“The expansion is still far from complete,” Powell said in a speech to the National Association for Business Economics, a group of corporate and academic economists. “Too little support would lead to a weak recovery, creating unnecessary hardship for households and businesses. Over time, household insolvencies and business bankruptcies would rise, harming the productive capacity of the economy, and holding back wage growth.”

Powell noted that the economic recovery has slowed in recent months compared with its rapid improvement in May and June. Incomes fell in August. And job growth weakened in September, slowing to just 661,000, less than half the gains of 1.5 million in August and 1.8 million in September. The economy has recovered only slightly more than half the 22 million jobs that were lost in March and April.

“A prolonged slowing in the pace of improvement over time could trigger typical recessionary dynamics, as weakness feeds on weakness,” he said.

During a question-and-answer session with economists, Powell noted that the pandemic recession has disproportionately harmed in-person service industries, especially restaurants, bars, hotels, travel companies, movie theaters and other entertainment venues. The heavy damage to those industries has left millions of people unemployed, likely for an extended period, until they are either finally recalled to their previous jobs or switch to new careers.

“The right thing to do and the smart thing to do in the long run is to support those people as they return to their old jobs or find new jobs,” the chairman said.

In recent months, in speeches and in testimony to Congress, Powell has repeatedly urged lawmakers to enact an additional economic aid package. Fed chairs typically avoid inserting themselves into policy debates, but Powell has stressed that the Fed can only lend money to help spur growth.

Actual spending — further

TOKYO, Oct 2 (Reuters)Oil prices fell nearly 1% on Friday, extending losses into a second day as rising production of crude comes amid a worsening COVID-19 pandemic which threatens to bring more restrictions on movement and consumption that will likely hit demand for fuel.

Brent crude LCOc1 was down 36 cents, or 0.9%, at $40.57 a barrel at 0055 GMT, after falling more than 3% on Thursday. U.S. oil CLc1 was also 36 cents, or 0.9%, lower at $38.36, having fallen nearly 4% in the previous session.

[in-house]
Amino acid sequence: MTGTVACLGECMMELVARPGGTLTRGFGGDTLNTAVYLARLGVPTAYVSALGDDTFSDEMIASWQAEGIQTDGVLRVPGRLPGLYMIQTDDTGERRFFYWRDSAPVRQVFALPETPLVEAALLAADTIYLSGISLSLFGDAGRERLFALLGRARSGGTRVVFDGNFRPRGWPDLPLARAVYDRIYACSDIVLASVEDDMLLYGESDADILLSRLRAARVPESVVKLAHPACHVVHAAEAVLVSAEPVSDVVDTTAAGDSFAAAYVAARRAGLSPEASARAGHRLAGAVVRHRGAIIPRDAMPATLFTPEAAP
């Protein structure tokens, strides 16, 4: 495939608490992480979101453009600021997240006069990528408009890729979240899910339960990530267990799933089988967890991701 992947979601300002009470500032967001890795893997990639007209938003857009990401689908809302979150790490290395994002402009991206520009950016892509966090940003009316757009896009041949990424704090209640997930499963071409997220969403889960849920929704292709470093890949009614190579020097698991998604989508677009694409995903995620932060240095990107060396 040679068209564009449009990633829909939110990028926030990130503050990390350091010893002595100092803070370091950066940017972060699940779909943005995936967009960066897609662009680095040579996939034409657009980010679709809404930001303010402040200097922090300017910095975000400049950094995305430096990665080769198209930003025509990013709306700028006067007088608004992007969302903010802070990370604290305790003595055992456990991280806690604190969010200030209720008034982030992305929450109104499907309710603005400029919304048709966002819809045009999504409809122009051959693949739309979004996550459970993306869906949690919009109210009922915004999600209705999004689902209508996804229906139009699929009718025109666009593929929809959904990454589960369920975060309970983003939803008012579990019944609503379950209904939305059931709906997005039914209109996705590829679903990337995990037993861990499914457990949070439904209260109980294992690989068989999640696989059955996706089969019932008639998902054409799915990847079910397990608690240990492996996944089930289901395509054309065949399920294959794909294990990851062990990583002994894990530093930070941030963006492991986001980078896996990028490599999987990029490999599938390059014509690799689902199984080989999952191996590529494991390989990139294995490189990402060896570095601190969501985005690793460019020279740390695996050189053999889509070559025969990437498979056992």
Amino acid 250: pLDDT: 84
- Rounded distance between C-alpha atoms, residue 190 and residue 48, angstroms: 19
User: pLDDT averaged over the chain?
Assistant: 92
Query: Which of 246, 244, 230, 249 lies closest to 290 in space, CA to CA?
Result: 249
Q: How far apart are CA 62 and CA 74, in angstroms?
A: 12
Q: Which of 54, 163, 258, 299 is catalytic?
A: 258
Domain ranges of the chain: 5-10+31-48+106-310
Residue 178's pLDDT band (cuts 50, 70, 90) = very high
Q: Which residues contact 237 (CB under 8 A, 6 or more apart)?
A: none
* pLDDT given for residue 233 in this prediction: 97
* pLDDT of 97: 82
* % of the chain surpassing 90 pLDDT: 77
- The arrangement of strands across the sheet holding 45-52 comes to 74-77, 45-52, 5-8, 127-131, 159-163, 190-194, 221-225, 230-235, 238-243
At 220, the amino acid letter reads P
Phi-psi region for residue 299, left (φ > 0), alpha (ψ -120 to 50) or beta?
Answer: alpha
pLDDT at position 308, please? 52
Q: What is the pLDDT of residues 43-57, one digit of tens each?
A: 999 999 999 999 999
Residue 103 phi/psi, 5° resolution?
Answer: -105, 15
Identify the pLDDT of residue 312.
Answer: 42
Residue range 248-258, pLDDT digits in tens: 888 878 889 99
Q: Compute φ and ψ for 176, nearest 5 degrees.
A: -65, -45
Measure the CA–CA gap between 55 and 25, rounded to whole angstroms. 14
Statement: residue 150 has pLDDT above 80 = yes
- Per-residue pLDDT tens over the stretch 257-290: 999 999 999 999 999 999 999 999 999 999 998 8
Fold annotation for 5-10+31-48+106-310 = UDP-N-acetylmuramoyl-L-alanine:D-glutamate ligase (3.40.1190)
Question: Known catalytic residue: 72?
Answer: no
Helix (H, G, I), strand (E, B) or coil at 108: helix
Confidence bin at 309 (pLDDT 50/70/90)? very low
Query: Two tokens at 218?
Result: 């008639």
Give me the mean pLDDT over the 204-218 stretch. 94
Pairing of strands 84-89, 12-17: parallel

U.S. oil is heading for a drop of nearly 5% this week, while Brent is on track to fall more than 3%, in a second consecutive week of decline for both contracts.

“The fundamentals of oil are not encouraging … as supply rises and demand prospects look bleak,” ANZ Research said in a client note.

Rising crude supplies from the Organization of the Petroleum Exporting Countries (OPEC) is weighing on the market as September production rose by 160,000 barrels per day (bpd) from a month earlier, a Reuters survey showed.

The increase was mainly the result of more supplies from Libya and Iran, OPEC members that are exempt from an agreement to withhold production between OPEC and allies led by Russia – a group known as OPEC+.

Libya’s production has risen faster than analysts expected with the relaxation of a blockade by the Libyan National Army, which is trying to take control of the capital and is mainly based in the eastern part of the country, where many oil facilities are located.

Output of crude from Libya has risen to 270,000 bpd as the country ramps up export activity, a Libyan oil source told Reuters on Thursday.

New COVID-19 cases worldwide have rise to more than 34 million, nearly 2 million

TOKYO (Reuters) – Oil prices fell nearly 1% on Friday, extending losses into a second day as rising production of crude comes amid a worsening COVID-19 pandemic which threatens to bring more restrictions on movement and consumption that will likely hit demand for fuel.

Brent crude was down 36 cents, or 0.9%, at $40.57 a barrel at 0055 GMT, after falling more than 3% on Thursday. U.S. oil was also 36 cents, or 0.9%, lower at $38.36, having fallen nearly 4% in the previous session.

U.S. oil is heading for a drop of nearly 5% this week, while Brent is on track to fall more than 3%, in a second consecutive week of decline for both contracts.

“The fundamentals of oil are not encouraging … as supply rises and demand prospects look bleak,” ANZ Research said in a client note.

Rising crude supplies from the Organization of the Petroleum Exporting Countries (OPEC) is weighing on the market as September production rose by 160,000 barrels per day (bpd) from a month earlier, a Reuters survey showed.

The increase was mainly the result of more supplies from Libya and Iran, OPEC members that are exempt from an agreement to withhold production between OPEC and allies led by Russia – a group known as OPEC+.

Libya’s production has risen faster than analysts expected with the relaxation of a blockade by the Libyan National Army, which is trying to take control of the capital and is mainly based in the eastern part of the country, where many oil facilities are located.

Output of crude from Libya has risen to 270,000 bpd as the country ramps up export activity, a Libyan oil source told Reuters on Thursday.

New COVID-19 cases worldwide have rise to more than 34 million, nearly 2 million more than at the